WORTH THE INVESTMENT: Army Lt. General Benjamin Freakley said that the $7.4M the Army is spending annually to sponsor NASCAR is “being put to good use, as he estimates 46,000 leads have come directly from NASCAR and the environment gives recruiters a great way to reach young people.” Freakley: “I have to make some form of investment to make the American people aware of their army. And this is what we think is a good investment” (ORLANDO SENTINEL, 2/19). NASCAR Managing Dir of Corporate Communications Ramsey Poston said that he “believed the sport offered an ideal Army partnership.” He added that NASCAR statistics “show 1 of 5 fans served or is currently serving in the military, and 1 of 3 current service members is a NASCAR fan” (Daytona Beach NEWS-JOURNAL, 2/20).
FORWARD MARCH: In Orlando, Ludmilla Lelis noted “green energy, health initiatives and food drives now vie with beer, sports drinks and automotive parts for stockcar racing’s more than 400 corporate sponsorships.” The AARP Foundation’s Drive To End Hunger will be Jeff Gordon’s “main sponsor for 22 races” per year over the next three seasons, and Saturday’s Nationwide race was titled the DRIVE4COPD 300. DRIVE4COPD is a “health initiative targeting race fans because of their increased risk for lung diseases.” NASCAR also "has been 'going green,' and welcomes sponsorships from renewable energy." The change in sponsorships is “another effect of the recession,” as “tighter economic times have forced some longtime NASCAR sponsors to scale back or drop out entirely.” IEG reported “motorsports sponsorship spending dropped” to $3.3B in ’09. New entries this year “have helped that spending rebound” to $3.51B (ORLANDO SENTINEL, 2/19). NASCAR Dir of Business Communications Andrew Giangola said the company is “bullish on the prospects for increased sponsorship sales” this year. ISC VP & CMO Daryl Wolfe said his company has been “encouraged by initial corporate spending trends in many areas with agreements in place for the substantial majority of our annual budget” this year (Daytona Beach NEWS-JOURNAL, 2/20).
Bulls G Derrick Rose wore yellow adidas shoes during last night's NBA All-Star Game as a "tribute" to Simeon Career Academy, his high school alma mater, according to Herb Gould of the CHICAGO SUN-TIMES. Rose said, "That was a shout-out to them." Rose said that he heard "shoe barbs from his fellow All-Stars 'the whole game.'" Rose: "'Why'd adidas put you in those shoes?' Stuff like that. It was all fun and games." adidas designers at Rose's request also "placed three paneled zones on his new yellow adiZero 1.5 Rose shoe to honor his three brothers, Reggie, Allan and Dwayne." Gould notes Rose in the second half of the game "shed Simeon's colors and went to another new design, a black shoe with a white toe and white racing stripes on the back" (CHICAGO SUN-TIMES, 2/21).
PEAK PERFORMERS: Wizards C JaVale McGee, who finished second in the Sprite Slam Dunk contest Saturday behind Clippers F Blake Griffin, changed his shoes "for each of his slam dunks." McGee wears Peak shoes, and TNT's Reggie Miller noted McGee was changing the Chinese company's shoes during the net's coverage of the event. TNT's Charles Barkley joked, "What are those, the Chinese version of PF Flyers?" In Sacramento, Scott Lebar notes "aside from the ribbing, Peak did win." McGee wore his "special Wolverine model and tweet about his collection," while Warriors F Dorell Wright wore Peak shoes during his appearance in the three-point contest. While several other NBA players have Peak endorsement deals, the "most publicity they received" prior to All-Star Weekend was when Lakers coach Phil Jackson "complained they gave Ron Artest plantar fasciitis" (SACRAMENTO BEE, 2/21).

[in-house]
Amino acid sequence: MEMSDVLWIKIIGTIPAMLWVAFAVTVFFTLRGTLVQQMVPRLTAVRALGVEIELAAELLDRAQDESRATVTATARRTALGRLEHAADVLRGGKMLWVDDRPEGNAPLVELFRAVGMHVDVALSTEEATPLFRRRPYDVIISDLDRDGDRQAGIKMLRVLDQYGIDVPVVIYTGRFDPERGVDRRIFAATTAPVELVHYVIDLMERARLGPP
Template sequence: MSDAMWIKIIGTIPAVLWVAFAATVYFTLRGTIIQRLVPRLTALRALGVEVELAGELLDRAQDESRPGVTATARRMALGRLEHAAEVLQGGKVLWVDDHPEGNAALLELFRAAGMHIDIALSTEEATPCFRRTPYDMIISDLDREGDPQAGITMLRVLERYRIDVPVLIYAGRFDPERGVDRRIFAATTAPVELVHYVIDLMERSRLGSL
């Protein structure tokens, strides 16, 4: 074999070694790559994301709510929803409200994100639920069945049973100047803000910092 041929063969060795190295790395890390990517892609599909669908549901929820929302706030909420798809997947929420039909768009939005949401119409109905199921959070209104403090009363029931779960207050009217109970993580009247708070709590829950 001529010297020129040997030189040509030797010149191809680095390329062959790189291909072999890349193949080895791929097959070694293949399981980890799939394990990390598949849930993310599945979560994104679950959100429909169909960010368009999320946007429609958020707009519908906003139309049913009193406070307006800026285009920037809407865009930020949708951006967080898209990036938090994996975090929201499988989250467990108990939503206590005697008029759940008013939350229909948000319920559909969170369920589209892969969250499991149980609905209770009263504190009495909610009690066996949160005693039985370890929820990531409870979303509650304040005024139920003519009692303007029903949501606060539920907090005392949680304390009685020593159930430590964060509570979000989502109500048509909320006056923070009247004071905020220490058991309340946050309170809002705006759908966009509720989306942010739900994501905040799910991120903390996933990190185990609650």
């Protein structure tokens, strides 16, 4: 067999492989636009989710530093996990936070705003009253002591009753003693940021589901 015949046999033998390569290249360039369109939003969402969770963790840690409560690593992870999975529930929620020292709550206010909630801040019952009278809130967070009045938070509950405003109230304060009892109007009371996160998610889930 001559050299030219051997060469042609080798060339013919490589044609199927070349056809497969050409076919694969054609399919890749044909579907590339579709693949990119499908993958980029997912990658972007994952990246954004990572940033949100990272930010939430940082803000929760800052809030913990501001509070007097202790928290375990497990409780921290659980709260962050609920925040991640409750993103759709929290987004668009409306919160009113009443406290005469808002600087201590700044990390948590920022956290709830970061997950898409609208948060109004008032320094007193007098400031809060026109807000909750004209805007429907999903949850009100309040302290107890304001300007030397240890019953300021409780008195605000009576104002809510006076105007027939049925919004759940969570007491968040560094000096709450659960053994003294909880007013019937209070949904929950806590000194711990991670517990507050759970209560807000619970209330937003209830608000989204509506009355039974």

TIME TO BALL: In L.A., Raha Lewis reported Artest Saturday night had an "intimate party to celebrate the launch of his mixtape that came out Friday and his new sneaker line Ball'n, which he owns with partner Rodney Jeter." The shoes, which became available in stores over the weekend, are "available now in variations of the Laker colors, purple and yellow," but will be released in other colors in March." Around 5% of all proceeds "will be donated to charities" (LATIMES.com, 2/20).
CNBC.com's Darren Rovell wrote a ruling by a California Court of Appeals last Wednesday "might have significantly affected the lawsuit brought about by former NCAA college football and basketball players against the NCAA, Collegiate Licensing and Electronic Arts for including their likenesses in EA games without being compensated." A three-judge panel "allowed a lawsuit filed by the rock band No Doubt against video [game] maker Activision Blizzard to proceed." Activision "had a contract to use No Doubt" in "Band Hero," but the panel ruled that it was "outside Activision's rights to manipulate the avatars of band members and have them sing songs that they don't sing." Rovell wrote Activision's argument is "similar to what EA lawyers used" last Tuesday "when defending the lawsuit in front of an appeals court in California." If the appellate court "decides that EA is indeed using" players' likenesses, the court "will likely have to take into account the No Doubt decision when making its ruling" (CNBC.com, 2/18).
GREENS FEE: Golfers Cristie Kerr and Ricky Barnes have signed endorsement deals to represent Duff & Phelps, an independent advisory and investment banking firm. Kerr and Barnes will wear the Duff & Phelps marks during competition and the golfers will be featured in client events. The deals were negotiated by New Jersey-based Blake Sports Group, which represents the golfers (Michael Smith, SportsBusiness Journal).
SCORE ONE FOR THE STEELERS: In Pittsburgh, Rich Lord reported the Steelers Friday won a "contempt of court order against clothes maker Nicholas Wohlfarth and his firm Turtle Creek Sportswear." U.S. District Judge Terrence McVerry ruled that Wohlfarth "violated a 2005 consent order enjoining him from marketing knock-off shirts, hoodies and hats by selling a slew of products with symbols that suggested Steelers trademarks." Wohlfarth must give up "a season's worth of profits from his sale of various black-and-gold goods" (POST-GAZETTE.com, 2/18).
NATIONAL SPOTLIGHT: In Nashville, Mike Organ writes the “push to save” the Nashville Fairgrounds “went national Sunday during the Daytona 500,” as Brian Keselowski’s No. 92 Dodge featured a black stripe with SaveMyFairgrounds.com in white lettering. Fox’ Darrell Waltrip, a Tennessee native, “mentioned the local sponsorship during the race as did Kyle Petty during a pre-race show on Speed Channel.” Save My Fairgrounds is a group “trying to keep the quarter-mile track” in Nashville from being part of Mayor Karl Dean’s redevelopment plan (Nashville TENNESSEAN, 2/21).